By Richard C. Morais | Barron's | barrons.com | Jan 5, 2012
Military personnel are committing suicide at a rate greater than they are dying in battle. In 2011, there were 283 confirmed Army, Reserve, and National Guard suicides, according to the Defense Department. Last year, it appears, the tolling bells rang an even sadder result. In the first 11 months of 2012, there were 303 “potential” suicides among the same group, with 210 so far confirmed by investigators. In contrast, the Stars and Stripes military newspaper reports that, as of Dec. 7, 212 soldiers had been killed in Afghanistan last year.
So here’s my call as we start 2013: Please dig deep into your pockets for the men and women in our armed forces. Giving fatigue at this time of year is real, but let’s be blunt — it’s not as real or deadly as battle fatigue. The needs of our warrior class are great.
Consider Air Force pilot Layne Hill, who had a catastrophic reaction to the anthrax vaccine. Unable to walk anymore, this man with a devoted wife and three children spends a lot of his life shuttling from doctors’ appointments to medical tests. When the Hill kids do an activity, their wheelchair-bound father usually stays at home; mom takes them.
Claire Wiley/National Ability Center
An injured American vet, backed by the Wounded Warrior Project, scales a wall at the National Ability Center.
Last summer, however, the Wounded Warrior Project sent the Hills to the National Ability Center in Park City, Utah, a camp rigged with specialized equipment and services. Hill suddenly found himself riding a specially engineered bike, alongside his young son. The nonprofit camp helps veterans’ families focus on themselves and a little play, rather than on the warrior’s disability and its daily grind. “Having that recreation just kind of helps you recharge your batteries and reset your clock, so you can engage in the challenges still before you,” says Hill.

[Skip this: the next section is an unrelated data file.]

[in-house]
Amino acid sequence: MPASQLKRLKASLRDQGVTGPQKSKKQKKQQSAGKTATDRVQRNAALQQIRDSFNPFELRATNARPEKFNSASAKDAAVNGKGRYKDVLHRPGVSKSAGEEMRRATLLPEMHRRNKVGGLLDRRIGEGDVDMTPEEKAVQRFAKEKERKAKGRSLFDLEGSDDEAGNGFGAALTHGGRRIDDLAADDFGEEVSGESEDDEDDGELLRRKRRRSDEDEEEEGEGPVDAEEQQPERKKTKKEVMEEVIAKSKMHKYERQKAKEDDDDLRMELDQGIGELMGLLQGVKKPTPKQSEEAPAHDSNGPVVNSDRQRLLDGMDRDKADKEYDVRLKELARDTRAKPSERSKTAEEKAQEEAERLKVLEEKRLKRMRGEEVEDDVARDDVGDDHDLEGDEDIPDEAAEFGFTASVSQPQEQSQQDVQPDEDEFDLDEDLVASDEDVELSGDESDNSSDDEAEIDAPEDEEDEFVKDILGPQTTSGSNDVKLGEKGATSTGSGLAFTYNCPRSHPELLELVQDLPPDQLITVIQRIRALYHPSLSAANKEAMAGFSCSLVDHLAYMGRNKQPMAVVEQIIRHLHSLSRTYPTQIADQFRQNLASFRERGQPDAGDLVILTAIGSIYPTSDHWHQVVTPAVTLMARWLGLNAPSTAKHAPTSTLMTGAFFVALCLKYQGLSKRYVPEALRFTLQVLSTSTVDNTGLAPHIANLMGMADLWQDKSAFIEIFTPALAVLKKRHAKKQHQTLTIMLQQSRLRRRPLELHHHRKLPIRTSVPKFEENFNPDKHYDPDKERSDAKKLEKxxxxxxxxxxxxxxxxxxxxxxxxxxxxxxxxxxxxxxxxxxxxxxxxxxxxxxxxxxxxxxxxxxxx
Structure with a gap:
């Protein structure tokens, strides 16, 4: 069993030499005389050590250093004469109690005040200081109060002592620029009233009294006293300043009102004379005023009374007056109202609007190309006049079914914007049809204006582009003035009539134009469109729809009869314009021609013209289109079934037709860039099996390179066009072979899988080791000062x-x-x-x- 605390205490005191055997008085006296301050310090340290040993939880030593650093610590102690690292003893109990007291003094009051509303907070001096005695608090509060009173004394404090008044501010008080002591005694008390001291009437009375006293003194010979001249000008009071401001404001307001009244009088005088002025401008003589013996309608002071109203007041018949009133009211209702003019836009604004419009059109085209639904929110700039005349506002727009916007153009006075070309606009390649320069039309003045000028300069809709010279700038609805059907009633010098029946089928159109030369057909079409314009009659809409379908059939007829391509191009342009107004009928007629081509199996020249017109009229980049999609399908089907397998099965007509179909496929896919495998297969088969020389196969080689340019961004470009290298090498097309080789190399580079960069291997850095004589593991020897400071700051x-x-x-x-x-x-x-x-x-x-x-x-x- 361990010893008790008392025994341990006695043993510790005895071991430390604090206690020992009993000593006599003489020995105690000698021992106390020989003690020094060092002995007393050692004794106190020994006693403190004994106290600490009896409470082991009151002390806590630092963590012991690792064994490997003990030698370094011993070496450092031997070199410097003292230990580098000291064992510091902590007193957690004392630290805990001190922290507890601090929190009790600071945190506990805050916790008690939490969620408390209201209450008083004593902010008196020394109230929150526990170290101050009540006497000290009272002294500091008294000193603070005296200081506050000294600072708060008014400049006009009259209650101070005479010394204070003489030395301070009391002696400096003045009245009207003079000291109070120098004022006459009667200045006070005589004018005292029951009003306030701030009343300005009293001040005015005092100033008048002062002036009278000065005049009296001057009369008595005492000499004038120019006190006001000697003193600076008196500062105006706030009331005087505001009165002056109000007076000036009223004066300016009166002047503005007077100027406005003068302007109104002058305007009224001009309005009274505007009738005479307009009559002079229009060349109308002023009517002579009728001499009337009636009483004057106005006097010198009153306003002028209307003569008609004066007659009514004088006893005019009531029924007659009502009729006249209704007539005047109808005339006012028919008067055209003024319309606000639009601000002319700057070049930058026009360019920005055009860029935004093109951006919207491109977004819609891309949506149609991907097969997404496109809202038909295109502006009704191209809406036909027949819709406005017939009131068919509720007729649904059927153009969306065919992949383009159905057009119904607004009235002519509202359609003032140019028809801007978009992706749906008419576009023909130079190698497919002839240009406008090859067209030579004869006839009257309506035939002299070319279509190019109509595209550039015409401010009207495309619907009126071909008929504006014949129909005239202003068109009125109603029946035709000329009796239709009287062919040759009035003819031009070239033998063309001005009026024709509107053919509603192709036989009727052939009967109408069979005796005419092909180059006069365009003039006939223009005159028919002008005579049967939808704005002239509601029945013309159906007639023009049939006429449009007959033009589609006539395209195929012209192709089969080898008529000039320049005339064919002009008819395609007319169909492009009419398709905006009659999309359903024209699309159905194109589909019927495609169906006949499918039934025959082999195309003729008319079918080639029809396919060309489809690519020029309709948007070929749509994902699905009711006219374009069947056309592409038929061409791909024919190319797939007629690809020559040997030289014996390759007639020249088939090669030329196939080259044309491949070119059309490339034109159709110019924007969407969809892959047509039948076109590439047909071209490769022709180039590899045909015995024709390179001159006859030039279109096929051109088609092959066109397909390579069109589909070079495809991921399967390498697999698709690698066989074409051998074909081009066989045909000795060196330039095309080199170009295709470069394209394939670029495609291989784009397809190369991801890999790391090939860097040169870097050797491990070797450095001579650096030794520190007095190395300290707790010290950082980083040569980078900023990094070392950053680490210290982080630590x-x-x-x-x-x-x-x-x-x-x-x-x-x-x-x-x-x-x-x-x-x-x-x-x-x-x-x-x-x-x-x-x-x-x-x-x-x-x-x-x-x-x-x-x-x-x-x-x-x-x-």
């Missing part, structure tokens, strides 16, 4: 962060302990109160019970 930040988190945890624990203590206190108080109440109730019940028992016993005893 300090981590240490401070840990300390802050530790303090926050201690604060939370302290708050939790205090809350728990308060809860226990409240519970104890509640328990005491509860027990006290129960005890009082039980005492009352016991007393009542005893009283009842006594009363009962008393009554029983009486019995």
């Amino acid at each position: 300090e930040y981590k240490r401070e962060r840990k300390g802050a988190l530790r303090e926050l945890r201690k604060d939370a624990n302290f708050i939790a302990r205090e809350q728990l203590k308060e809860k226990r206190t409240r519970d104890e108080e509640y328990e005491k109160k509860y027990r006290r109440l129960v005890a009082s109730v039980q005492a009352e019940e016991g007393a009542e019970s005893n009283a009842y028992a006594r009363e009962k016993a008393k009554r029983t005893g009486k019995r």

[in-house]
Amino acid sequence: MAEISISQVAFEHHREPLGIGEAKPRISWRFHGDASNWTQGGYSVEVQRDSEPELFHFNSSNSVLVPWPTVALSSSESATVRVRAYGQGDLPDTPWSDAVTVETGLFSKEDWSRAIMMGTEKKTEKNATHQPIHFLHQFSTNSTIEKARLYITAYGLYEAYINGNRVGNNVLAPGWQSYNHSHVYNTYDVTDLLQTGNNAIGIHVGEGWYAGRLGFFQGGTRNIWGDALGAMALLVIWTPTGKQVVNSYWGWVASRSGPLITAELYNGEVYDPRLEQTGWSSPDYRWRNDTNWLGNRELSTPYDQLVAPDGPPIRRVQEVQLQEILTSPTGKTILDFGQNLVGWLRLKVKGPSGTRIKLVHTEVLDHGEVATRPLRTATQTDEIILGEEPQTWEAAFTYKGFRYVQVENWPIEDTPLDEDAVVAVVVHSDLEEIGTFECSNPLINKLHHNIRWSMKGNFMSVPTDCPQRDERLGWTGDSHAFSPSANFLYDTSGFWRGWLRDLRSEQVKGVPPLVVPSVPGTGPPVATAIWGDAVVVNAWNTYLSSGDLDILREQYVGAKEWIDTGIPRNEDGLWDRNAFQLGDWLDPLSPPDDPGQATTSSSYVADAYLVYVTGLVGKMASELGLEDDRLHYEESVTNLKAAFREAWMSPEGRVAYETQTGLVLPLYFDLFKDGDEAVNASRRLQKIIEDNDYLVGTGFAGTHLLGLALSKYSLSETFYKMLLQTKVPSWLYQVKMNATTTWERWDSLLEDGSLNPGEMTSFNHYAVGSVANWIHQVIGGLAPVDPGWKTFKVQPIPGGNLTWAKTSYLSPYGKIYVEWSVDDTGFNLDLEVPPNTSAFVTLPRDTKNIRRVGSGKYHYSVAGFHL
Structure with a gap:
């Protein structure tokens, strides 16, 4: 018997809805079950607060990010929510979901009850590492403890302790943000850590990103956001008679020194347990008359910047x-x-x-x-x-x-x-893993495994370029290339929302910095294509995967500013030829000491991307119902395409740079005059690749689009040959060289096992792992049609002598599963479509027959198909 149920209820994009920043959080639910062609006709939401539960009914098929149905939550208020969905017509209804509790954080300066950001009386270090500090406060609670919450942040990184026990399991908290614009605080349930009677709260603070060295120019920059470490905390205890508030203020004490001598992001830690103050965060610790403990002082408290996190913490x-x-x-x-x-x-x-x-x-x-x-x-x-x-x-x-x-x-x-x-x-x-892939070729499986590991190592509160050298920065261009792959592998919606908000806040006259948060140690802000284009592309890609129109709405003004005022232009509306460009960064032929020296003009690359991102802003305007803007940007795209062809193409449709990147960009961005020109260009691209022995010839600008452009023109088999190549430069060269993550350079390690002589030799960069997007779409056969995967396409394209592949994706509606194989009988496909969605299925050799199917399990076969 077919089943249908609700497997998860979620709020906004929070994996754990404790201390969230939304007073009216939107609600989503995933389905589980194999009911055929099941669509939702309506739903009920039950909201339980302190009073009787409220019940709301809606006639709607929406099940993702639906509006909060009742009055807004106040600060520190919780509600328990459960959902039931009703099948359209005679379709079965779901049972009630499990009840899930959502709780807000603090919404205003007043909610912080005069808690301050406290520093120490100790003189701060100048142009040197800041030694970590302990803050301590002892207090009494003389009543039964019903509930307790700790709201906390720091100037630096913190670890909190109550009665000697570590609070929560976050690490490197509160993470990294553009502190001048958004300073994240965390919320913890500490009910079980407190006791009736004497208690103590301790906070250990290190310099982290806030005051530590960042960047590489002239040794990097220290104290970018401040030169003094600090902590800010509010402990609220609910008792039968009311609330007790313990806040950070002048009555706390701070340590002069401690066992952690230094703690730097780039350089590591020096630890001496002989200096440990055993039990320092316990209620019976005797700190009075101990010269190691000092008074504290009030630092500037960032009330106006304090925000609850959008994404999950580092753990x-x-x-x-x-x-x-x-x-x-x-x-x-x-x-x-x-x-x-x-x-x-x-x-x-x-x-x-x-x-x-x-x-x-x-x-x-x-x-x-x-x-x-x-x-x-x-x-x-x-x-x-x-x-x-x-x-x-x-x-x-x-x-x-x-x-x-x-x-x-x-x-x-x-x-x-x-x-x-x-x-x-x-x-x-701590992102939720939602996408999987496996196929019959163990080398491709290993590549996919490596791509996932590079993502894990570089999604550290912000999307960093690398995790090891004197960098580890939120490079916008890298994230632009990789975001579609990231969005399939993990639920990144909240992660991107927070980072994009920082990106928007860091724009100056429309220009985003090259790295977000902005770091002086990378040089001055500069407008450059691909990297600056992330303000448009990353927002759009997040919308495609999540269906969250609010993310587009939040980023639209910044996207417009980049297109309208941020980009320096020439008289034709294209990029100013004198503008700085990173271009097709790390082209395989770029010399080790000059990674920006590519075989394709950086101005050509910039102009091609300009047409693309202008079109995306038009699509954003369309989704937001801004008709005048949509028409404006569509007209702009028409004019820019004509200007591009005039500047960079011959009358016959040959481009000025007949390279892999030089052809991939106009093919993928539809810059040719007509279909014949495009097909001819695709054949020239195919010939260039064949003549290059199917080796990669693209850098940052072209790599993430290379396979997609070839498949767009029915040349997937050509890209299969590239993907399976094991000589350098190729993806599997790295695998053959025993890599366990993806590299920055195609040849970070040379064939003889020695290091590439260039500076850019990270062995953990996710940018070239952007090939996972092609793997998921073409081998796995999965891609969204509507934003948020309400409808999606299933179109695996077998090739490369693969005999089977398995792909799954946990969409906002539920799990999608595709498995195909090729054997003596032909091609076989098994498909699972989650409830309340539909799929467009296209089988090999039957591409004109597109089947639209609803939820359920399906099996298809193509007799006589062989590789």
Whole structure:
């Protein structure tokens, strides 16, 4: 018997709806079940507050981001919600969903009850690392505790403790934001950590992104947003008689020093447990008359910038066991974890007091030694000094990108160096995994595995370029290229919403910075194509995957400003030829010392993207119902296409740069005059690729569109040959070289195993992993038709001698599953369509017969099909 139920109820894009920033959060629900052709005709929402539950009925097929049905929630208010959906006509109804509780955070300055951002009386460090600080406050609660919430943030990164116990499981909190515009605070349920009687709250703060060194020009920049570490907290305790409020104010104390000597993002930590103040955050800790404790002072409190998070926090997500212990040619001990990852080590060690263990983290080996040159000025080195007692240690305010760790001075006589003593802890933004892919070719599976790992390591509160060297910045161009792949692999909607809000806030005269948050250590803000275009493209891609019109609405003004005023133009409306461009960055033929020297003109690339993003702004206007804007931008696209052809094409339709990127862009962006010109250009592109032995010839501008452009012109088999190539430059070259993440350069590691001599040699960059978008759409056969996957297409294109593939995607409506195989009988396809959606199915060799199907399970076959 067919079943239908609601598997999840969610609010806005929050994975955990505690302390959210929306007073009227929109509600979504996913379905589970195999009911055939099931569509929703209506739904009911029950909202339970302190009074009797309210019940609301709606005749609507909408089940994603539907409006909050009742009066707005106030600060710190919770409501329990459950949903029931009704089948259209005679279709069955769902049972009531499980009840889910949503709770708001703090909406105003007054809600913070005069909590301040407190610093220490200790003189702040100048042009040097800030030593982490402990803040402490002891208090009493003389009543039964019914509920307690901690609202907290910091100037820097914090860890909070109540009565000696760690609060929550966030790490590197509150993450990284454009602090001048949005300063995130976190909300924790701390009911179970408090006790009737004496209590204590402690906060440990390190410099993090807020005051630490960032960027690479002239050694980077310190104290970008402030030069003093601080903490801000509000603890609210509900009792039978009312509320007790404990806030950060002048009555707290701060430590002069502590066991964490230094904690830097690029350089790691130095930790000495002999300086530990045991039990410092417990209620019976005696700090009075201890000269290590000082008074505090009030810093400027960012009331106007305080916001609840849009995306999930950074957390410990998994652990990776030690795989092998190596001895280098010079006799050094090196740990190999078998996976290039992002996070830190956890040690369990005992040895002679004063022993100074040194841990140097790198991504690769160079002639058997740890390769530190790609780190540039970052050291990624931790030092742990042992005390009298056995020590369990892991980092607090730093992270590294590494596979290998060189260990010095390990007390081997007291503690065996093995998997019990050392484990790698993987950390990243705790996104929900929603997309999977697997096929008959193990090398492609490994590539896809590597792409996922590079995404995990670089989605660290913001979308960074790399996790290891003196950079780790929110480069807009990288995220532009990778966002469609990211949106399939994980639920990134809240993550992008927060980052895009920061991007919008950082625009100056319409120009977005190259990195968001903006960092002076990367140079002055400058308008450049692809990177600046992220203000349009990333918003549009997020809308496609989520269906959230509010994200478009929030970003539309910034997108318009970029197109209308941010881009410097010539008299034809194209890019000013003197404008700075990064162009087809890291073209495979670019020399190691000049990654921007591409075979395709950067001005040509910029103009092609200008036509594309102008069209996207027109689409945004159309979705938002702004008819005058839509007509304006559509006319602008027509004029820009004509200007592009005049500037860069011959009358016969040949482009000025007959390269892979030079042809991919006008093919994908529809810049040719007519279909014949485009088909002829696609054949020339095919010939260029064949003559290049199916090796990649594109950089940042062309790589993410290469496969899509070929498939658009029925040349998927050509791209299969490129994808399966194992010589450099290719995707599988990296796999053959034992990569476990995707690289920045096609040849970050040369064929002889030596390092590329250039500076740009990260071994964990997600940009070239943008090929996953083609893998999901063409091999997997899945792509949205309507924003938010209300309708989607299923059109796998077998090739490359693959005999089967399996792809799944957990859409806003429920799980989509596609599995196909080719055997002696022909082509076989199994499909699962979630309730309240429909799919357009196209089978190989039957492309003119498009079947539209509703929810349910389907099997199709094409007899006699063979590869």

The Utah camp, excluding transportation, costs $100 to $175 per person per day; the participating charities pick up all the costs, providing veterans and their families with a crucial morale boost. The center’s executive director, Gail Loveland, says she wants to serve more of the growing disabled vet population, but it’s hard, from her location, to get word out nationally that families and charitable partners are welcome.
Here’s something else you should know: Nonprofits devoted to assisting war veterans are also a big attraction to crooks. CharityWatch is a nonprofit watchdog and information service. In its December report, CharityWatch’s president, Daniel Borochoff, ran down the latest scams ensnaring those wanting to help veterans, including crowd funding pitches on Craigslist and Indiegogo for maimed warriors who don’t actually exist, and skuzzy look-alike charities that divert funds away from the real thing.
Last April, U.S. marshals arrested John Donald Cody, a former military intelligence officer who had been on the FBI’s wanted list for decades. After stealing another man’s identity, Cody ran a sham charity for eight years called the U.S. Navy Veterans Association. Cody allegedly used this to bilk the public of nearly $100 million.
And some veterans’ charities, while not fraudulent, are badly run, aided by the squishy nature of nonprofit accounting. Fund-raising pitches with a bit of “advice” embedded can, for example, be booked as “educational program” expenses. One charity that Borochoff reviewed disguised its fund-raising costs by including a few tips on “proper wheelchair etiquette” in its solicitations.
Don’t rely solely on the Charity Navigator or Guidestar databases to make a gift, but perform your own due diligence. CharityWatch analyzes charities that are heavily into soliciting. There are 10 large veterans’ charities out of 45 that CharityWatch rates as excellent, including the A-plus-scored Fisher House Foundation and the Semper Fi/Injured Marine Semper Fi funds. Conversely, the Wounded Warrior Project that so helped the Hill family earned a D from CharityWatch, after picking up three out of four stars at Charity Navigator. Borochoff says he focuses on how wisely cash is spent. Not surprisingly, Steven Nardizzi, a WWP founder, argues that Borochoff makes his financial calls behind closed doors. WWP follows the Better Business Bureau rating system, which, Nardizzi says, assesses the outcomes of programs.
Yes, well, you get the idea. Give generously to veterans groups, but also give smartly and do your homework.